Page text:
Rhys Jones (archaeologist)

Rhys Maengwyn Jones (26 February 1941 – 19 September 2001) was a Welsh-Australian archeologist.[1]

BiographyEdit

Jones was born in Blaenau Ffestiniog, Wales and educated at Whitchurch Grammar School, Cardiff. He was an undergraduate at Emmanuel College, Cambridge where Graham Clarke, Eric Higgs and Charles McBurney were his instructors in archaeology. He spoke Welsh fluently.

He arrived in Australia in 1963 to take up a teaching position at the University of Sydney, where he later completed his PhD on Tasmanian Aboriginal archaeology. In 1969 he moved on to the Australian National University where he spent the rest of his career. He was an Honorary Professor of the University of Wales, Newport, and a Fellow of the University of Wales, Lampeter. For one year, he was Australian Visiting Professor at Harvard University.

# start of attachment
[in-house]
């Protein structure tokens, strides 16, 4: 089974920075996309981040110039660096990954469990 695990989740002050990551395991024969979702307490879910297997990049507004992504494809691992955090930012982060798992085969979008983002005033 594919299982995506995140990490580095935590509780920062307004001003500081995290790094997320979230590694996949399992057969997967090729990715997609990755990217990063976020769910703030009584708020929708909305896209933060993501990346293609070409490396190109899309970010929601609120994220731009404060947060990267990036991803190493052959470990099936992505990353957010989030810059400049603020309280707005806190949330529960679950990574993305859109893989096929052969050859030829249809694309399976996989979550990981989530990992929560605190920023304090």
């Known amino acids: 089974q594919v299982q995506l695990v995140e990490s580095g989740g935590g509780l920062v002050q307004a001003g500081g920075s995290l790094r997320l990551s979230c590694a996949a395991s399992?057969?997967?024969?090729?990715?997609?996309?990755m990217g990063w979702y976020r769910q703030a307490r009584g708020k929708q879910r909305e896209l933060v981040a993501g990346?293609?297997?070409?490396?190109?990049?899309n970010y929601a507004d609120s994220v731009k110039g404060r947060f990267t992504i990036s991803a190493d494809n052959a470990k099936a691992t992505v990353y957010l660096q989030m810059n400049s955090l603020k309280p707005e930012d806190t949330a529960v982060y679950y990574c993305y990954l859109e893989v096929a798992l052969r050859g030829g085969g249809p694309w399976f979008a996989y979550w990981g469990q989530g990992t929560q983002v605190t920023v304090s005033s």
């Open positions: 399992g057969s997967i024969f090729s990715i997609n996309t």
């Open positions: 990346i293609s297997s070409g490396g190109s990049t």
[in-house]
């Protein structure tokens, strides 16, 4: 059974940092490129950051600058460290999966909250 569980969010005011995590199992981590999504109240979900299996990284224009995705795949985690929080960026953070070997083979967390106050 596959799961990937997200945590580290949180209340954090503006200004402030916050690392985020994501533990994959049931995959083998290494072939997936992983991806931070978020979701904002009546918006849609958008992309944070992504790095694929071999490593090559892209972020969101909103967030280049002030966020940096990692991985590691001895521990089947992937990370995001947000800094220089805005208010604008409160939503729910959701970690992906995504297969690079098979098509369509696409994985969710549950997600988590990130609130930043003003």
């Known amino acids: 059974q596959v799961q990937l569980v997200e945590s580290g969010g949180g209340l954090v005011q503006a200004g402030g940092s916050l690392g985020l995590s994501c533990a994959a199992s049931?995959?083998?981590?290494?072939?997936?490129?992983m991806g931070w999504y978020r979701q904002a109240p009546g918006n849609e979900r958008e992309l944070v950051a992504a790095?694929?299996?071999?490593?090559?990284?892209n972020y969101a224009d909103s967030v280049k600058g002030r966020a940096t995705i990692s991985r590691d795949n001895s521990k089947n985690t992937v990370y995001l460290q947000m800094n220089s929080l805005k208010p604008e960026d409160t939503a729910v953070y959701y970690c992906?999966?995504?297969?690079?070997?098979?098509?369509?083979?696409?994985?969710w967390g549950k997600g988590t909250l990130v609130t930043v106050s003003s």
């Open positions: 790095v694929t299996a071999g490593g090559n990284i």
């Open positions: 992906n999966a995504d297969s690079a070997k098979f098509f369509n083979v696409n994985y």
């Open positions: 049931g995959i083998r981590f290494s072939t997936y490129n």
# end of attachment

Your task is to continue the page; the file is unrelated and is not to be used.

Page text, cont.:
He was a key figure in dating the arrival of Aboriginal Australians, first with radiocarbon dating and later with luminescence techniques, and, more generally, in the study of the archeology of Indigenous Australians.

He was credited with naming the Aboriginal practice of "cultural burning" as fire-stick farming.[2]

LegacyEdit

The Australian Archaeological Association awards the Rhys Jones Medal annually. It is the highest award offered by the Australian Archaeological Association.

NotesEdit

  1. ^ "Rhys Maengwyn Jones". Australian Archaeology Association. Retrieved 7 August 2012.
  2. ^ Bird, R. Bliege; Bird, D.W.; Codding, B.F.; Parker, C.H.; Jones (30 September 2008). "The "fire stick farming" hypothesis: Australian Aboriginal foraging strategies, biodiversity, and anthropogenic fire mosaics". PNAS (Proceedings of the National Academy of Sciences of the United States of America). 105 (39): 14796–14801. doi:10.1073/pnas.0804757105. Retrieved 9 January 2020.

External linksEdit